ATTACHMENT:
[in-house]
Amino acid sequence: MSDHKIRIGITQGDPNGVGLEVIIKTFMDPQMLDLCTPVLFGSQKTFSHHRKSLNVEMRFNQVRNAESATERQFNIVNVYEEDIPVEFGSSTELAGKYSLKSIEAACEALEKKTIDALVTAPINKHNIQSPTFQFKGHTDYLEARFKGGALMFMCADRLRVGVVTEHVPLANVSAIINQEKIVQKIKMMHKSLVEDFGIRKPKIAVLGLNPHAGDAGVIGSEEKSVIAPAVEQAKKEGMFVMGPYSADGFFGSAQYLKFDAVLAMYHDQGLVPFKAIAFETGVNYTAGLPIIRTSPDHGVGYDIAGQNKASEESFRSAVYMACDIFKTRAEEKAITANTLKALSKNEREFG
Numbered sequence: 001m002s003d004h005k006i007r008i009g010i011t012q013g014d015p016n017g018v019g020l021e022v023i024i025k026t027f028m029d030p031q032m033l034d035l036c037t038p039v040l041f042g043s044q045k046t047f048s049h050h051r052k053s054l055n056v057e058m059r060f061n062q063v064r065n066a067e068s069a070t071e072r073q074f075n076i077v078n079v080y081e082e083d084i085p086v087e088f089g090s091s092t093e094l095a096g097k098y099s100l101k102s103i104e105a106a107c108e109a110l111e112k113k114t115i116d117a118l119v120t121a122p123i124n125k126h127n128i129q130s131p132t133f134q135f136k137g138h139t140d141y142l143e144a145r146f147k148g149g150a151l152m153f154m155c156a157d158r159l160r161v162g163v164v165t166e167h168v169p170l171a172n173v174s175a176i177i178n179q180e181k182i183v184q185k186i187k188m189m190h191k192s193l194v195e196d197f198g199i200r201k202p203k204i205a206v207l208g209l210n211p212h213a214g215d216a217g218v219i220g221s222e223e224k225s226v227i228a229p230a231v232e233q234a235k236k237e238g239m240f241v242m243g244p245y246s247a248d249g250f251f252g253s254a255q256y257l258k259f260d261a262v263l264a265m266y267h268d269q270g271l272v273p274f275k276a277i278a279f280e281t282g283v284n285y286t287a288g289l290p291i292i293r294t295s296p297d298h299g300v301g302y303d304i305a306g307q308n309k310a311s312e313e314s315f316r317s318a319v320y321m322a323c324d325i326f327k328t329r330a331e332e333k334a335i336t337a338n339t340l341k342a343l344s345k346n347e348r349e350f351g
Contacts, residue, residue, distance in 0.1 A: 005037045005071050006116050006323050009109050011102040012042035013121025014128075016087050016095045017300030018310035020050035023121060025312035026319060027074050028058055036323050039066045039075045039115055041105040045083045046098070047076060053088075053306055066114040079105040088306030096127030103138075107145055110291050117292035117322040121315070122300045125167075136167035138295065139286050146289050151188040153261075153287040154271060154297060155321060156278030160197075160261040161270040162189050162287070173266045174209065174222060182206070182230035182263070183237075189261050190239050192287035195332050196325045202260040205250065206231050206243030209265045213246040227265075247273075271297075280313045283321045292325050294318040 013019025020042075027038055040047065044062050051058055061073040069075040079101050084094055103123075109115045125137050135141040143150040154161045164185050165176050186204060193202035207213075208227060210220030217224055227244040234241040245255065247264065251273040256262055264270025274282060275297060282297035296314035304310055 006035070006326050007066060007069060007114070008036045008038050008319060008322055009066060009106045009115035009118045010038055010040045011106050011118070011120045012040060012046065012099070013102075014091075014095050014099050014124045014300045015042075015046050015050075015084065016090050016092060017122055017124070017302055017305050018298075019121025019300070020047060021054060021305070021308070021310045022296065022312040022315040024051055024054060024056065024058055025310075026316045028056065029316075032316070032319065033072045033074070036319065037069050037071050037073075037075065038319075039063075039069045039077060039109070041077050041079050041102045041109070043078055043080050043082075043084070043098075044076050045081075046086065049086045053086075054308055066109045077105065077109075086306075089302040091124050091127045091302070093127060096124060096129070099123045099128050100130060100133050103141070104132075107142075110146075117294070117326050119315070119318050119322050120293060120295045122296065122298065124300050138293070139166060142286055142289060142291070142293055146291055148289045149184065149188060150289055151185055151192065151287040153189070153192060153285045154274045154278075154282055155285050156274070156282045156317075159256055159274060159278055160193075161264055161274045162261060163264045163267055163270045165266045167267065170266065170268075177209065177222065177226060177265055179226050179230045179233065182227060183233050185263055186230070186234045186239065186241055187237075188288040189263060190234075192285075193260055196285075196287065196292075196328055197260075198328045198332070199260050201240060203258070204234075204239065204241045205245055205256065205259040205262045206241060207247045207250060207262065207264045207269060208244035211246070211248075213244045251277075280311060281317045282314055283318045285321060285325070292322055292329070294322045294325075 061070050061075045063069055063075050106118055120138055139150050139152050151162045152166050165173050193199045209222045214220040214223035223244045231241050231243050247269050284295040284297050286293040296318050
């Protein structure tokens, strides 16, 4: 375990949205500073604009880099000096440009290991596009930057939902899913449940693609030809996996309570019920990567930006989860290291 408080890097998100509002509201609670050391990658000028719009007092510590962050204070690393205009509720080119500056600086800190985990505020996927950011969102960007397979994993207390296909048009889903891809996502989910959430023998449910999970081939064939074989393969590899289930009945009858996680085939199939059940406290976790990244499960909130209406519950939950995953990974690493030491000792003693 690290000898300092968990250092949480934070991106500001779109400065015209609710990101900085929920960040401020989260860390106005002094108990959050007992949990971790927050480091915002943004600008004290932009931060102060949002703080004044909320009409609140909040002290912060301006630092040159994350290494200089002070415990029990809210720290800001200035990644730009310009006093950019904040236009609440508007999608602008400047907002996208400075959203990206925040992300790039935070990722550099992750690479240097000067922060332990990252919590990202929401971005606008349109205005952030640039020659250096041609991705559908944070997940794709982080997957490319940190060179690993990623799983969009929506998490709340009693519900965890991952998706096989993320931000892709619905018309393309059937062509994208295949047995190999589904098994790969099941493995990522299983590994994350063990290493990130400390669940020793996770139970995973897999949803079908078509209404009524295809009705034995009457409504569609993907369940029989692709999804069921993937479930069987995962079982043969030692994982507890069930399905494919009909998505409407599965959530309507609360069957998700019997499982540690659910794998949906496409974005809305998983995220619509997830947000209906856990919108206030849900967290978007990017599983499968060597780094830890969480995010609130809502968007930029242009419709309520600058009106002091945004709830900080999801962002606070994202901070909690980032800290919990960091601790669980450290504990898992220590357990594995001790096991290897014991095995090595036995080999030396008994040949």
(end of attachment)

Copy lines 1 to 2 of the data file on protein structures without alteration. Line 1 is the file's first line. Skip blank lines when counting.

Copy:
[in-house]
Amino acid sequence: MSDHKIRIGITQGDPNGVGLEVIIKTFMDPQMLDLCTPVLFGSQKTFSHHRKSLNVEMRFNQVRNAESATERQFNIVNVYEEDIPVEFGSSTELAGKYSLKSIEAACEALEKKTIDALVTAPINKHNIQSPTFQFKGHTDYLEARFKGGALMFMCADRLRVGVVTEHVPLANVSAIINQEKIVQKIKMMHKSLVEDFGIRKPKIAVLGLNPHAGDAGVIGSEEKSVIAPAVEQAKKEGMFVMGPYSADGFFGSAQYLKFDAVLAMYHDQGLVPFKAIAFETGVNYTAGLPIIRTSPDHGVGYDIAGQNKASEESFRSAVYMACDIFKTRAEEKAITANTLKALSKNEREFG